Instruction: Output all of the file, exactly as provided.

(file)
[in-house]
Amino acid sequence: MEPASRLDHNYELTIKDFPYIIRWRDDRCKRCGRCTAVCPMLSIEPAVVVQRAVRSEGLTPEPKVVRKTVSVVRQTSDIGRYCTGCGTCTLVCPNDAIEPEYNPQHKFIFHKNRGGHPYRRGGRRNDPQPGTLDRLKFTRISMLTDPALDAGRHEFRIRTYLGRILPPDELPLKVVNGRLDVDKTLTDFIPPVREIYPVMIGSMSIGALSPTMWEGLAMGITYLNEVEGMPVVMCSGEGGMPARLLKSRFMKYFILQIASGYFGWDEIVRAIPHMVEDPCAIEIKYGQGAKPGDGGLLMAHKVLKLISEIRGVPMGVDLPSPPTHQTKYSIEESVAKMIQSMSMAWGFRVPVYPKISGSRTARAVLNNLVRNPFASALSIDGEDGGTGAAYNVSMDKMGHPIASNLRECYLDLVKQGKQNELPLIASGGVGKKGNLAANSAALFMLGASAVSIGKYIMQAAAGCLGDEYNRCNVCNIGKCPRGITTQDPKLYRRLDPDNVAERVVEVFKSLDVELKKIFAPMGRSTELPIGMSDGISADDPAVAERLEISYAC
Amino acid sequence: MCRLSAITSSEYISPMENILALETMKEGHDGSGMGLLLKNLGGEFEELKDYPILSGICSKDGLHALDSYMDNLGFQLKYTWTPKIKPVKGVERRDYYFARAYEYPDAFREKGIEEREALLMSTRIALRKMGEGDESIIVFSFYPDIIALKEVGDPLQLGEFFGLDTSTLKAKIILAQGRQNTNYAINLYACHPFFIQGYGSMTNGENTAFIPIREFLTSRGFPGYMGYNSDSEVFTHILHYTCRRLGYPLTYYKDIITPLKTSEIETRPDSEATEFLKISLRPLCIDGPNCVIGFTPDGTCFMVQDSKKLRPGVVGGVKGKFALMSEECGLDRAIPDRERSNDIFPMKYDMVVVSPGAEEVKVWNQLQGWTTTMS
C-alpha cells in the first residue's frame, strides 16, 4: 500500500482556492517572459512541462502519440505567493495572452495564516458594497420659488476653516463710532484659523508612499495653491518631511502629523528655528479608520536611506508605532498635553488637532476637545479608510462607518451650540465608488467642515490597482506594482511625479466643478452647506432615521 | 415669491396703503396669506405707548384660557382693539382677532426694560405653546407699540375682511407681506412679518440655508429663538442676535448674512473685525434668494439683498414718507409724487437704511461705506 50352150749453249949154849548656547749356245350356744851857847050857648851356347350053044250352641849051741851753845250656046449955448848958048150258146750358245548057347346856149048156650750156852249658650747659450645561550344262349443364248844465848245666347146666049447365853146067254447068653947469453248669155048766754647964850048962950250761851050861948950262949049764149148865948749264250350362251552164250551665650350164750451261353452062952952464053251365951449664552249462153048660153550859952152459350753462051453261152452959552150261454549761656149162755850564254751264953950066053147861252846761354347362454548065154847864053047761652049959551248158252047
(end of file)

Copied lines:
[in-house]
Amino acid sequence: MEPASRLDHNYELTIKDFPYIIRWRDDRCKRCGRCTAVCPMLSIEPAVVVQRAVRSEGLTPEPKVVRKTVSVVRQTSDIGRYCTGCGTCTLVCPNDAIEPEYNPQHKFIFHKNRGGHPYRRGGRRNDPQPGTLDRLKFTRISMLTDPALDAGRHEFRIRTYLGRILPPDELPLKVVNGRLDVDKTLTDFIPPVREIYPVMIGSMSIGALSPTMWEGLAMGITYLNEVEGMPVVMCSGEGGMPARLLKSRFMKYFILQIASGYFGWDEIVRAIPHMVEDPCAIEIKYGQGAKPGDGGLLMAHKVLKLISEIRGVPMGVDLPSPPTHQTKYSIEESVAKMIQSMSMAWGFRVPVYPKISGSRTARAVLNNLVRNPFASALSIDGEDGGTGAAYNVSMDKMGHPIASNLRECYLDLVKQGKQNELPLIASGGVGKKGNLAANSAALFMLGASAVSIGKYIMQAAAGCLGDEYNRCNVCNIGKCPRGITTQDPKLYRRLDPDNVAERVVEVFKSLDVELKKIFAPMGRSTELPIGMSDGISADDPAVAERLEISYAC
Amino acid sequence: MCRLSAITSSEYISPMENILALETMKEGHDGSGMGLLLKNLGGEFEELKDYPILSGICSKDGLHALDSYMDNLGFQLKYTWTPKIKPVKGVERRDYYFARAYEYPDAFREKGIEEREALLMSTRIALRKMGEGDESIIVFSFYPDIIALKEVGDPLQLGEFFGLDTSTLKAKIILAQGRQNTNYAINLYACHPFFIQGYGSMTNGENTAFIPIREFLTSRGFPGYMGYNSDSEVFTHILHYTCRRLGYPLTYYKDIITPLKTSEIETRPDSEATEFLKISLRPLCIDGPNCVIGFTPDGTCFMVQDSKKLRPGVVGGVKGKFALMSEECGLDRAIPDRERSNDIFPMKYDMVVVSPGAEEVKVWNQLQGWTTTMS
C-alpha cells in the first residue's frame, strides 16, 4: 500500500482556492517572459512541462502519440505567493495572452495564516458594497420659488476653516463710532484659523508612499495653491518631511502629523528655528479608520536611506508605532498635553488637532476637545479608510462607518451650540465608488467642515490597482506594482511625479466643478452647506432615521 | 415669491396703503396669506405707548384660557382693539382677532426694560405653546407699540375682511407681506412679518440655508429663538442676535448674512473685525434668494439683498414718507409724487437704511461705506 50352150749453249949154849548656547749356245350356744851857847050857648851356347350053044250352641849051741851753845250656046449955448848958048150258146750358245548057347346856149048156650750156852249658650747659450645561550344262349443364248844465848245666347146666049447365853146067254447068653947469453248669155048766754647964850048962950250761851050861948950262949049764149148865948749264250350362251552164250551665650350164750451261353452062952952464053251365951449664552249462153048660153550859952152459350753462051453261152452959552150261454549761656149162755850564254751264953950066053147861252846761354347362454548065154847864053047761652049959551248158252047